The term “Empowerment” has been bandied about for several decades – much before Agile approaches became popular. With Agile and self-managed teams, empowerment has almost become a sacred mantra at both a team level as well as in an organizational context. Yet, when you speak to different experts, you will hear different perspectives / interpretations of what true empowerment means, how it works and what its implications are. My attempt here is to provide perspectives learned from my experience – both from working in corporate environments, as well as a coach in helping organizations transform to agile ways of working.
Defining Empowerment at a high level
Empowerment in a team context is about a philosophy that focuses on giving teams (and the associates the team comprises of) the autonomy, resources and support to act independently and be held accountable for the decisions they make. In this case teams do not wait for managers to give them directions. In a sense enabling self-managed teams in an agile context requires teams to feel empowered in order to be effective. An important enabler in this process is the environment that the leadership provides so associates and teams feel “empowered” to make decisions.
Empowerment is about providing an environment
The key takeaway from the above definition is the fact that empowerment is about providing an environment that allows people to take decisions fearlessly. Recall Principle 5 from the Agile manifesto that stresses on this – “Build projects around motivated individuals. Give them the environment and support they need and trust them to get it done”
Empowerment is a balance between leaders’ ability to let go and employees’ willingness to take it
Providing an empowering environment is not easy – often tricky in some way. Leaders are giving up control that they once had, with employees willing to take it, once leaders are inclined to and ready. Getting this balance takes time and invariably comes from the organization’s leadership culture.
Leaders are often hesitant to create an empowering environment
There are some obvious reasons why leaders are hesitant to give up control and facilitate an empowering environment. Some of these include:
- Lack of understanding and effort to make it happen – empowerment requires understanding of what it takes as well as the huge effort that is required to transform oneself in the process
- Fear of losing their positional authority – when your reportees start taking decisions, there is a fear that you might become redundant in the future.
- Being vague on what they want – more often than not managers ask employees to “be empowered” without being clear on what they expect or want in the process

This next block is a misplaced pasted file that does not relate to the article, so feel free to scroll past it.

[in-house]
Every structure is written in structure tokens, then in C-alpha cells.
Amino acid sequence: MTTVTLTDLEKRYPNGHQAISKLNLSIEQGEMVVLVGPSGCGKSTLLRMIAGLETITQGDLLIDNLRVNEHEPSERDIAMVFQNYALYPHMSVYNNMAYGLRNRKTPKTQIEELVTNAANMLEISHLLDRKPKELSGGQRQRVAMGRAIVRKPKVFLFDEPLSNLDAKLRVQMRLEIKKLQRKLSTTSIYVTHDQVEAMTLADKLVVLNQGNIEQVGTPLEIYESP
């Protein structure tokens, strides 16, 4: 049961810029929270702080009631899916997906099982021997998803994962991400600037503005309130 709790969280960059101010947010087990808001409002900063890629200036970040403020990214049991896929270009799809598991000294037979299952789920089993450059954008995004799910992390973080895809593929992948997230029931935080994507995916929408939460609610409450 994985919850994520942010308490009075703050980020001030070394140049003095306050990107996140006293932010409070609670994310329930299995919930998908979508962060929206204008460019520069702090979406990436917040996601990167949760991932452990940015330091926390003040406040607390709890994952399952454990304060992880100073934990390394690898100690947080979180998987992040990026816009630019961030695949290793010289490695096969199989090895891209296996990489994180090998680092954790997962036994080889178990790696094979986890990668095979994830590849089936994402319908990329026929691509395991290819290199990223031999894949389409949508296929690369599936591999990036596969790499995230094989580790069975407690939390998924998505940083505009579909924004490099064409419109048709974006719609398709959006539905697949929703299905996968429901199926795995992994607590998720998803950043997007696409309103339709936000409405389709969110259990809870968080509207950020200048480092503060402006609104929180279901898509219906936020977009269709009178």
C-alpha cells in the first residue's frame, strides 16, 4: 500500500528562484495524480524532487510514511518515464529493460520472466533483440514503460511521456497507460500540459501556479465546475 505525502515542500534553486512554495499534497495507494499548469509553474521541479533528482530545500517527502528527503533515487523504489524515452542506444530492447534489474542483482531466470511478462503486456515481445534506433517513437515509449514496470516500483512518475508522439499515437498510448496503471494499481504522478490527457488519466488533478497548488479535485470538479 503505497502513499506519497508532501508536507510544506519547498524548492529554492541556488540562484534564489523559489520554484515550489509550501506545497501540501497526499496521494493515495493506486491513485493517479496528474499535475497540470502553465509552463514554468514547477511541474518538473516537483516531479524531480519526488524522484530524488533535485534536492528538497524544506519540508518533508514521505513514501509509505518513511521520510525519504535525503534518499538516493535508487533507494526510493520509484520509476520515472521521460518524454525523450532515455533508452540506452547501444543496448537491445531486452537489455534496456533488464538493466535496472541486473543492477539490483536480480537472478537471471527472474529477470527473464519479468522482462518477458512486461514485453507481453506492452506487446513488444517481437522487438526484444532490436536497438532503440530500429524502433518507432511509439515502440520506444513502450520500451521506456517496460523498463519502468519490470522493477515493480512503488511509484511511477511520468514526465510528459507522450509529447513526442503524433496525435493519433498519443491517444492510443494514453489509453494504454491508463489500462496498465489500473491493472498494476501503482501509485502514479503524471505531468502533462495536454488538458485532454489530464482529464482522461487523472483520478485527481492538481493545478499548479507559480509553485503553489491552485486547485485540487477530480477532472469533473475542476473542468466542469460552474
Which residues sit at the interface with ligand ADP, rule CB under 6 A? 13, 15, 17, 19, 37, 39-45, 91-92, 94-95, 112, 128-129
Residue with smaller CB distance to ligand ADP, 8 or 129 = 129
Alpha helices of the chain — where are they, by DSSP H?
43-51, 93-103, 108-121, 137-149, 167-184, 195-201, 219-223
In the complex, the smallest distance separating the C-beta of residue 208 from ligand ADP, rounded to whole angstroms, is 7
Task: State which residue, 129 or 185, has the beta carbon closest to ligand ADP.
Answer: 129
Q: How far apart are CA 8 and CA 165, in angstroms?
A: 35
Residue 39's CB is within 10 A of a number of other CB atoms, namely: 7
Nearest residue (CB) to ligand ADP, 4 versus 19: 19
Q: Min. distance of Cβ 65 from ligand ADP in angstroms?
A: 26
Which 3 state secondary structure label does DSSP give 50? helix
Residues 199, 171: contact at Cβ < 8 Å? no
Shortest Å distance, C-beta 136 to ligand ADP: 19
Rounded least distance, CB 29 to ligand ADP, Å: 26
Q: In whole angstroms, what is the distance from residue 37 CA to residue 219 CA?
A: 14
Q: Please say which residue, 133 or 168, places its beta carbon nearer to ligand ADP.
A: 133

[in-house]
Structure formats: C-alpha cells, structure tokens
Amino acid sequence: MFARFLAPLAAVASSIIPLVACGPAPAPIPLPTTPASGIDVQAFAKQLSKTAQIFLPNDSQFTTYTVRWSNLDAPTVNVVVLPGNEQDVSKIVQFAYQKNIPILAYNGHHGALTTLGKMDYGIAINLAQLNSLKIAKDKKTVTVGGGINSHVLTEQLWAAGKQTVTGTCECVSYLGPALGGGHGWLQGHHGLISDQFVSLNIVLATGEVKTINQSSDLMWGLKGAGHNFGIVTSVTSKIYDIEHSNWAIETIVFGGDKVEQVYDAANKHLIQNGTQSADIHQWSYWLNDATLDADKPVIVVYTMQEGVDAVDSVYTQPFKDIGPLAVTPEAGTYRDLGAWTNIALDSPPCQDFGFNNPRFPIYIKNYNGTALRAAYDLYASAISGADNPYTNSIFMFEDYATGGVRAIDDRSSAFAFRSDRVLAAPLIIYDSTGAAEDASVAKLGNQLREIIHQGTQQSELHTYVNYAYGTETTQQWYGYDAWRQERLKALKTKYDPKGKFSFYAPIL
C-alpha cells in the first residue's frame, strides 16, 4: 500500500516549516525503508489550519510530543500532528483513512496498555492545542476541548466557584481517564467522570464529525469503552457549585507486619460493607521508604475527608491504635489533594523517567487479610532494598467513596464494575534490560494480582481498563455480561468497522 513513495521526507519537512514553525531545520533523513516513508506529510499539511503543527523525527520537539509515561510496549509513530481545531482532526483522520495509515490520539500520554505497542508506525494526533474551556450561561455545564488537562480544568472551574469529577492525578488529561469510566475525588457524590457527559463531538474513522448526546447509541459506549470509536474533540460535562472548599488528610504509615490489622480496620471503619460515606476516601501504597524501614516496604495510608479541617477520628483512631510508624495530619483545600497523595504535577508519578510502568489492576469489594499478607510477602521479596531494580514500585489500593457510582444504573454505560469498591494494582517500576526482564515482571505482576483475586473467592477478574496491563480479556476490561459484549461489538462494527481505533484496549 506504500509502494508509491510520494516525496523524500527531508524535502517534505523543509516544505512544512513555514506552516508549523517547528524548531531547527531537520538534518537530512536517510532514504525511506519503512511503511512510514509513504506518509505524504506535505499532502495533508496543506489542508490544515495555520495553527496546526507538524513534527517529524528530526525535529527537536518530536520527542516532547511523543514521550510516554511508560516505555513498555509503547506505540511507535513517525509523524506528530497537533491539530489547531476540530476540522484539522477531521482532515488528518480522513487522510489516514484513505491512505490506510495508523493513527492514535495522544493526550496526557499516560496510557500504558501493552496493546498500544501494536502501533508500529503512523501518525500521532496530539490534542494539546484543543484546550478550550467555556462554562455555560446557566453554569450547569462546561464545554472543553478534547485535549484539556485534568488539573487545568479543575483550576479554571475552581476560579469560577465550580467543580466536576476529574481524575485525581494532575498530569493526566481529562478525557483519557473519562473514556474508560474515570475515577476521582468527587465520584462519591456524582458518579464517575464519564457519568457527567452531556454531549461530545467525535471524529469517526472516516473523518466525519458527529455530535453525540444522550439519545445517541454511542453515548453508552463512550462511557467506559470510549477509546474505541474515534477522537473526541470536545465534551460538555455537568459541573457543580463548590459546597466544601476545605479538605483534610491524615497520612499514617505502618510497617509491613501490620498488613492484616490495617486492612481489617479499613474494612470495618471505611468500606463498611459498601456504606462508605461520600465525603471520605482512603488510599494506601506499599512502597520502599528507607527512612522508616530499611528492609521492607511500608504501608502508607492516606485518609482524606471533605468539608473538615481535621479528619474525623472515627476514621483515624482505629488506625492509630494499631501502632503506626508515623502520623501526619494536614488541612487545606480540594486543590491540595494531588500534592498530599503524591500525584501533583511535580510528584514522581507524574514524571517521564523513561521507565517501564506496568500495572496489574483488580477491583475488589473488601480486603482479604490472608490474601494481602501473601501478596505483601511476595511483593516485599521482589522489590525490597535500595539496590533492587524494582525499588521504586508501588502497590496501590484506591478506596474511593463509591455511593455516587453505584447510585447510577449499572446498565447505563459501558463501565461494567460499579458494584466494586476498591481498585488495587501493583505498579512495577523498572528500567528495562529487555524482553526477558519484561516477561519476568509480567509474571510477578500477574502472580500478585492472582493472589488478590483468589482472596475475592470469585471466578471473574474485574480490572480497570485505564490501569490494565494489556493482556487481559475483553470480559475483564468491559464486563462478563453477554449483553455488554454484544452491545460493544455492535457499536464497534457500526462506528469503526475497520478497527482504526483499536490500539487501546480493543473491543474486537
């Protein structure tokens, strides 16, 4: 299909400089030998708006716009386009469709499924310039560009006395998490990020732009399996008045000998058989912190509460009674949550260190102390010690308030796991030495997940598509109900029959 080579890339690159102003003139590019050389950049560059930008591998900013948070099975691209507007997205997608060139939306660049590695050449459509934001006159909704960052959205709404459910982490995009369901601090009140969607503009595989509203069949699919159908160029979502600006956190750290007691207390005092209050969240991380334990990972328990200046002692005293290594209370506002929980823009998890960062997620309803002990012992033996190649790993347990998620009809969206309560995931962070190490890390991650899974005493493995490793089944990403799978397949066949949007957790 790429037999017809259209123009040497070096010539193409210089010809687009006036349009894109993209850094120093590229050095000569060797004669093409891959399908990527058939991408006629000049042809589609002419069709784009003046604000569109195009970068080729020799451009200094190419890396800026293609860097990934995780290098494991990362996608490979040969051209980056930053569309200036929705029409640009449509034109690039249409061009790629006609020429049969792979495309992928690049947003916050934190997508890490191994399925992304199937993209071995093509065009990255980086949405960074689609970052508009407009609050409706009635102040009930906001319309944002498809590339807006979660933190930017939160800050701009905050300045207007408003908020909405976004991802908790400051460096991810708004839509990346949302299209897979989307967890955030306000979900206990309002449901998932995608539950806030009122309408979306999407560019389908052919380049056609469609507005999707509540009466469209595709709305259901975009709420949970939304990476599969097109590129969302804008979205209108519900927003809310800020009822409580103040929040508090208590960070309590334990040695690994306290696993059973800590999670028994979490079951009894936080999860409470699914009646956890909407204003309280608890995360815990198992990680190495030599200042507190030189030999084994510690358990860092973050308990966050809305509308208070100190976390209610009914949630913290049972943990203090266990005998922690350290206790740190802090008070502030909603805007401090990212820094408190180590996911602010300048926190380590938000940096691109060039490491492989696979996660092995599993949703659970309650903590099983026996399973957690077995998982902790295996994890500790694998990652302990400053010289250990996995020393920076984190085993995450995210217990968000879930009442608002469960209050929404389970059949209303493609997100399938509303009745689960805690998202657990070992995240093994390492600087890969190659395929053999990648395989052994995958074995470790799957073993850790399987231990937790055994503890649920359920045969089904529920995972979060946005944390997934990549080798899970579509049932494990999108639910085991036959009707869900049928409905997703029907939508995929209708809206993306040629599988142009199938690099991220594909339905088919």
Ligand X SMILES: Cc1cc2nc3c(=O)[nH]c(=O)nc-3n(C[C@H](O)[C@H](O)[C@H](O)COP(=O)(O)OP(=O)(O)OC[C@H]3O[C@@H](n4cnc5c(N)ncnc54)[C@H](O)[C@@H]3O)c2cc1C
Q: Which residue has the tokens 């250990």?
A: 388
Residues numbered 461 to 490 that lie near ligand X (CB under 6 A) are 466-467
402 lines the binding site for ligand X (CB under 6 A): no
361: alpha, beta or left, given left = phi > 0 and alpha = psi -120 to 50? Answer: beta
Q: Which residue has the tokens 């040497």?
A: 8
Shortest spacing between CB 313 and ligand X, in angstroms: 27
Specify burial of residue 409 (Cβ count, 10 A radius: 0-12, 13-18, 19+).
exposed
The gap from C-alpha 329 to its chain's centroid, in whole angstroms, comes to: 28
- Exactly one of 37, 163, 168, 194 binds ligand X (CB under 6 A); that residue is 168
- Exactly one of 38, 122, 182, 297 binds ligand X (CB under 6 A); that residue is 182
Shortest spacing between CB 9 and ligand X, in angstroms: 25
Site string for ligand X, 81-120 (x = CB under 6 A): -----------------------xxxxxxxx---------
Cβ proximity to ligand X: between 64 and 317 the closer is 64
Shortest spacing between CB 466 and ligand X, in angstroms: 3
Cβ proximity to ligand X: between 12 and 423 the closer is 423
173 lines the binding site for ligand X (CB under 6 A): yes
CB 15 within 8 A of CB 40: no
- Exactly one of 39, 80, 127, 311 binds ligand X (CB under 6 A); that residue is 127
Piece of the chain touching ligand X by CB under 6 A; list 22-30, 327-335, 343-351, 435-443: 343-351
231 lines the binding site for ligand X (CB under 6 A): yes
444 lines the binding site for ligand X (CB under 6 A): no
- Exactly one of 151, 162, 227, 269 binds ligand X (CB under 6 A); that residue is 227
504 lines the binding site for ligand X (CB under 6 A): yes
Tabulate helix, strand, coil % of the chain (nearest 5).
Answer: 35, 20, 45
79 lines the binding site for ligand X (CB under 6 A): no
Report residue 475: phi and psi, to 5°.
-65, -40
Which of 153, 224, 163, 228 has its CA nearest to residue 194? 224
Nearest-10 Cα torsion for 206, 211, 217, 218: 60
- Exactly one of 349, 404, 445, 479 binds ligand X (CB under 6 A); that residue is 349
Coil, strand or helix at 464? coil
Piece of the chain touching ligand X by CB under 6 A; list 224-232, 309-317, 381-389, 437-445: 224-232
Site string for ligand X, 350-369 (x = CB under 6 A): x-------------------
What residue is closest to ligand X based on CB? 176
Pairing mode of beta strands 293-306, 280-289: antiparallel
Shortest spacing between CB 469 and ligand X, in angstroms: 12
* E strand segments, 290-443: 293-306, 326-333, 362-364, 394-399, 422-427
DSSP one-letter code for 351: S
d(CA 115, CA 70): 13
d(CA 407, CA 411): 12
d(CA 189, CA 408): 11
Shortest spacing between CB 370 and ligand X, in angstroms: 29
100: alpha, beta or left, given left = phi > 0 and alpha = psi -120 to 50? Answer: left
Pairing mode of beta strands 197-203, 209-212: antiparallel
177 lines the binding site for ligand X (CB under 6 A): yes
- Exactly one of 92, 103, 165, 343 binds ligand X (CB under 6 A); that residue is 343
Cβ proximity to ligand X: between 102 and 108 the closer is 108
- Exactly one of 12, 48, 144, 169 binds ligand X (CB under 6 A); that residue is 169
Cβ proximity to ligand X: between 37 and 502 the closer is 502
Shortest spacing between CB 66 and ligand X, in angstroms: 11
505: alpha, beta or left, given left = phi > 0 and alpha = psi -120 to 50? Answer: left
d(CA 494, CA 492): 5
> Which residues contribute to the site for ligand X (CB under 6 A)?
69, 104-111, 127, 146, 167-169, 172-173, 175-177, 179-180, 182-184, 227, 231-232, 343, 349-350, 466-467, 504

- Perception of employees not being ready to take important decisions – while this may be true in some cases, it is often unfounded since the only way to prepare employees for the future is by allowing them to take decisions and learn from them
Empowerment is not “given” but “taken”
It’s often a misconception with empowerment that it is “given”. A related principle that Extreme Programming talks about is “Accepted Responsibility”. In essence, responsibility is never given but taken for it to be effective, because, with accepted responsibility comes ownership. So, telling someone “You are empowered” will often not work. And empowerment will be “taken” only when there is an empowering environment.
Empowerment promotes cross-functional working and cross skilling
When you provide an environment and support for empowerment, functional boundaries for working often go away because employees are no longer waiting for you as their manager to help with cross functional working. They take the required ownership and initiative and roles do not become a constraint for achieving team or organizational goals. In the process, you also facilitate cross skilling of employees.
An empowering environment develops leaders for the future
This is somewhat obvious since an environment that nurtures empowerment allows employees to take decisions fearlessly and, more importantly, learn from it and grow. In the process, it develops them to face higher-level challenges such as organizational growth, competition and market leadership/
On the other hand, non-empowering environments are impoverished for leaders and this will lead to the organization’s failure in the long run.
Being Agile versus Doing Agile
- You find teams with the required mindset for implementing agile in spirit as opposed to going through the mechanics of processes
- The Leadership supports teams to ensure agile is implemented effectively
In summary, providing an open and trustworthy environment, involving teams in decisions that impact them and providing them the required support in autonomous working and decision making are all vital elements of empowerment. All these go a long way in improving the sense of belonging to the organization and ownership of associates and teams. This, in turn, improves productivity and drives creativity and innovation, both of which contribute to higher value for the customer, and to the organization’s long-term vitality.